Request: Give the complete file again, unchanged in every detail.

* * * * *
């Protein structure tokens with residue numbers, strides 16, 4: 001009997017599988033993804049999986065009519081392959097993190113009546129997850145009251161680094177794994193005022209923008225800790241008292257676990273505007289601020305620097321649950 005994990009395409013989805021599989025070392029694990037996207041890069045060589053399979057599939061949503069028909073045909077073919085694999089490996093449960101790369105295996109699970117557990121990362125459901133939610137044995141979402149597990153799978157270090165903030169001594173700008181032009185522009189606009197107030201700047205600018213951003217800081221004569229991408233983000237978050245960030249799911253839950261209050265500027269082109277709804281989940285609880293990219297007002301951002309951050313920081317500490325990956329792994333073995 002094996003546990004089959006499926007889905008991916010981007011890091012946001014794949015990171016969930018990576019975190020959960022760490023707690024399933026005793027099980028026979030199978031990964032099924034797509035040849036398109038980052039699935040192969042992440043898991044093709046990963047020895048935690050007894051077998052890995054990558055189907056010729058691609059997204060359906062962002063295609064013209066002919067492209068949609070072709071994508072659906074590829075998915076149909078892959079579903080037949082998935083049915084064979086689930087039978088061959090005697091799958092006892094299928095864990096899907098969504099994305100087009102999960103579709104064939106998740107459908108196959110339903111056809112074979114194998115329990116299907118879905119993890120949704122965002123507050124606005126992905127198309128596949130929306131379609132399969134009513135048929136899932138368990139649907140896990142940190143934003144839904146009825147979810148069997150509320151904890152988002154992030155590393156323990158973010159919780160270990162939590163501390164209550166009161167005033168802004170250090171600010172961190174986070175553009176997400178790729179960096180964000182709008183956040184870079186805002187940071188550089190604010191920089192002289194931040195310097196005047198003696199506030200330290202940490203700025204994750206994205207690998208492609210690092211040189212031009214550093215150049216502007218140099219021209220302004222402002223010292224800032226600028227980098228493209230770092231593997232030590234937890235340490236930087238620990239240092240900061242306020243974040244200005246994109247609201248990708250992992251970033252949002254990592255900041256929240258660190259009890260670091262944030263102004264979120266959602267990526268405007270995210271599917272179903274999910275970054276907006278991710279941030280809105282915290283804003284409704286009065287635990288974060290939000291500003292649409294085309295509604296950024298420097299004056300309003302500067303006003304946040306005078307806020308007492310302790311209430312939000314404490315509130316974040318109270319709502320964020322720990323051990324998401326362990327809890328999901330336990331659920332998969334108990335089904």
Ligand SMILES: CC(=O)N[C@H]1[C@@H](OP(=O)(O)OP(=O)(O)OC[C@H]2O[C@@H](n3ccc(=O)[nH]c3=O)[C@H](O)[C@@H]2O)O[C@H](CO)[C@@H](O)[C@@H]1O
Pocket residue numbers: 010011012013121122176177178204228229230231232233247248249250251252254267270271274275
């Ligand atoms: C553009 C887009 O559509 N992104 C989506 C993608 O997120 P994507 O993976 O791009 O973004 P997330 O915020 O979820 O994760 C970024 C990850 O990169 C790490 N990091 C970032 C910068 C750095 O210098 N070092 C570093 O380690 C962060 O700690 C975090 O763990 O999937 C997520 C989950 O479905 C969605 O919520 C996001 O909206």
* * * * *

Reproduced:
């Protein structure tokens with residue numbers, strides 16, 4: 001009997017599988033993804049999986065009519081392959097993190113009546129997850145009251161680094177794994193005022209923008225800790241008292257676990273505007289601020305620097321649950 005994990009395409013989805021599989025070392029694990037996207041890069045060589053399979057599939061949503069028909073045909077073919085694999089490996093449960101790369105295996109699970117557990121990362125459901133939610137044995141979402149597990153799978157270090165903030169001594173700008181032009185522009189606009197107030201700047205600018213951003217800081221004569229991408233983000237978050245960030249799911253839950261209050265500027269082109277709804281989940285609880293990219297007002301951002309951050313920081317500490325990956329792994333073995 002094996003546990004089959006499926007889905008991916010981007011890091012946001014794949015990171016969930018990576019975190020959960022760490023707690024399933026005793027099980028026979030199978031990964032099924034797509035040849036398109038980052039699935040192969042992440043898991044093709046990963047020895048935690050007894051077998052890995054990558055189907056010729058691609059997204060359906062962002063295609064013209066002919067492209068949609070072709071994508072659906074590829075998915076149909078892959079579903080037949082998935083049915084064979086689930087039978088061959090005697091799958092006892094299928095864990096899907098969504099994305100087009102999960103579709104064939106998740107459908108196959110339903111056809112074979114194998115329990116299907118879905119993890120949704122965002123507050124606005126992905127198309128596949130929306131379609132399969134009513135048929136899932138368990139649907140896990142940190143934003144839904146009825147979810148069997150509320151904890152988002154992030155590393156323990158973010159919780160270990162939590163501390164209550166009161167005033168802004170250090171600010172961190174986070175553009176997400178790729179960096180964000182709008183956040184870079186805002187940071188550089190604010191920089192002289194931040195310097196005047198003696199506030200330290202940490203700025204994750206994205207690998208492609210690092211040189212031009214550093215150049216502007218140099219021209220302004222402002223010292224800032226600028227980098228493209230770092231593997232030590234937890235340490236930087238620990239240092240900061242306020243974040244200005246994109247609201248990708250992992251970033252949002254990592255900041256929240258660190259009890260670091262944030263102004264979120266959602267990526268405007270995210271599917272179903274999910275970054276907006278991710279941030280809105282915290283804003284409704286009065287635990288974060290939000291500003292649409294085309295509604296950024298420097299004056300309003302500067303006003304946040306005078307806020308007492310302790311209430312939000314404490315509130316974040318109270319709502320964020322720990323051990324998401326362990327809890328999901330336990331659920332998969334108990335089904």
Ligand SMILES: CC(=O)N[C@H]1[C@@H](OP(=O)(O)OP(=O)(O)OC[C@H]2O[C@@H](n3ccc(=O)[nH]c3=O)[C@H](O)[C@@H]2O)O[C@H](CO)[C@@H](O)[C@@H]1O
Pocket residue numbers: 010011012013121122176177178204228229230231232233247248249250251252254267270271274275
């Ligand atoms: C553009 C887009 O559509 N992104 C989506 C993608 O997120 P994507 O993976 O791009 O973004 P997330 O915020 O979820 O994760 C970024 C990850 O990169 C790490 N990091 C970032 C910068 C750095 O210098 N070092 C570093 O380690 C962060 O700690 C975090 O763990 O999937 C997520 C989950 O479905 C969605 O919520 C996001 O909206």